Thursday, March 20, 2014

On Envy

It is Lent now and I am trying to be more mindful about what I consume. My definition of consumption includes, but is not limited to, eating. Indeed, minding what I eat is turning out not as difficult to accomplish as limiting other types of consumption.

The most challenging item for me is reducing my use of Facebook, especially during the workday. I have gotten into the habit of rewarding myself between tasks with a quick glance at Facebook - just a quick skim to see if anything new or exciting is going on. It takes just a few minutes to scroll down my news feed and click "Like" on a friend's status or comment on a photo. I often rationalize this time by telling myself that I don't really have enough time to start a new task before my next meeting, or that I make up for the time by checking work email in the evenings when I'm not on duty. But the truth is that the Facebook link is at the top of my "Most Visited" list, and I know I frequently spend more than just a few minutes there.

Since Lent overlaps with Spring Break, I've noticed that when I do look at Facebook, I see a lot of photos of my friends on their vacations. Skiing, at the beach, in Hawaii or Mexico or Napa, attending events here in Austin at South by Southwest - my friends are an active and happy bunch.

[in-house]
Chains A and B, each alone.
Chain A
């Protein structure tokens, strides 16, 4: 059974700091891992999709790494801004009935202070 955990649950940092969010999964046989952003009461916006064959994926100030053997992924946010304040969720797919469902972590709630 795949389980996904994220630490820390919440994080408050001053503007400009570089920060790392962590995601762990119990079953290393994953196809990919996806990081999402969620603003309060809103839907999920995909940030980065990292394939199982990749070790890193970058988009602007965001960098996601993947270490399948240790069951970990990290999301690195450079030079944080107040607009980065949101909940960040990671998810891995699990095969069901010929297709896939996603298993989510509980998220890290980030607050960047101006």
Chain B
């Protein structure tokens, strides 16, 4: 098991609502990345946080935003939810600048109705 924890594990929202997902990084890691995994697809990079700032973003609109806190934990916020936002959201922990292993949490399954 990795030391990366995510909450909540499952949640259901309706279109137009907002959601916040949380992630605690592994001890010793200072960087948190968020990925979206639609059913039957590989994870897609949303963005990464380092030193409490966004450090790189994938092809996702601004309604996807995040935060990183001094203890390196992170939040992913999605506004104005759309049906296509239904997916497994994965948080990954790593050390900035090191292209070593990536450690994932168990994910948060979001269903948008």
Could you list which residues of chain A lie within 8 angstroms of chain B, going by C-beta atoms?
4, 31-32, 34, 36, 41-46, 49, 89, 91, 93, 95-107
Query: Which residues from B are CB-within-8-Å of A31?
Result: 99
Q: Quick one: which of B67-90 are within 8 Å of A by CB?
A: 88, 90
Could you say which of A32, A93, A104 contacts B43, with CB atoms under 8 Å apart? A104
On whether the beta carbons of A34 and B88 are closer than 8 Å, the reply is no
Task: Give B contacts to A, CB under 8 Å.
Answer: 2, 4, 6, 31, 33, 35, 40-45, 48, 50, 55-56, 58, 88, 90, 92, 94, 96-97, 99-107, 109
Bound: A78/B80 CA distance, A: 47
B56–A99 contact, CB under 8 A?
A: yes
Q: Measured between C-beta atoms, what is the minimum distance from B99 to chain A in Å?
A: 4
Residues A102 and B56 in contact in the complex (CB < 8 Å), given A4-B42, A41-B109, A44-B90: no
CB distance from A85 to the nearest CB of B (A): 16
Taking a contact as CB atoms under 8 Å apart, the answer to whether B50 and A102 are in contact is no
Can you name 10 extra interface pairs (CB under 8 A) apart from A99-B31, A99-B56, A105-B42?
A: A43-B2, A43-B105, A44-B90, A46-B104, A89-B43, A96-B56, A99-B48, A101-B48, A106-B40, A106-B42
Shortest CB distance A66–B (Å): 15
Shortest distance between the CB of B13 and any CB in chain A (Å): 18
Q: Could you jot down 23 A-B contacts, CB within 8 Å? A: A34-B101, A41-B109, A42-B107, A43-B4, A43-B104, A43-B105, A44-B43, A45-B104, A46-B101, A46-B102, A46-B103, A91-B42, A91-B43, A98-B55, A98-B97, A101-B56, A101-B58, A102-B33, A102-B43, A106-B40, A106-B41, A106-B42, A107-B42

And I find myself feeling envious of them. "She is always on vacation," I think unhappily. Or, "How can they afford to take so many trips?" Or, "How come I never get invited to all these happy hours?"

Facebook has been a terrific tool to keep in touch with people, but I often feel inadequate when I see what my friends are doing. I need to keep in mind that my husband and I have made choices about how to spend our incomes that are consistent with our values. We are putting our son through college without any loans (so far), and that means we have chosen to sacrifice on things like vacations, meals out, and entertainment such as concerts, plays, and movies.

Reducing how often I visit Facebook during Lent has made me realize I am happiest when I don't feel like I'm missing something. I think it is a good break for me.

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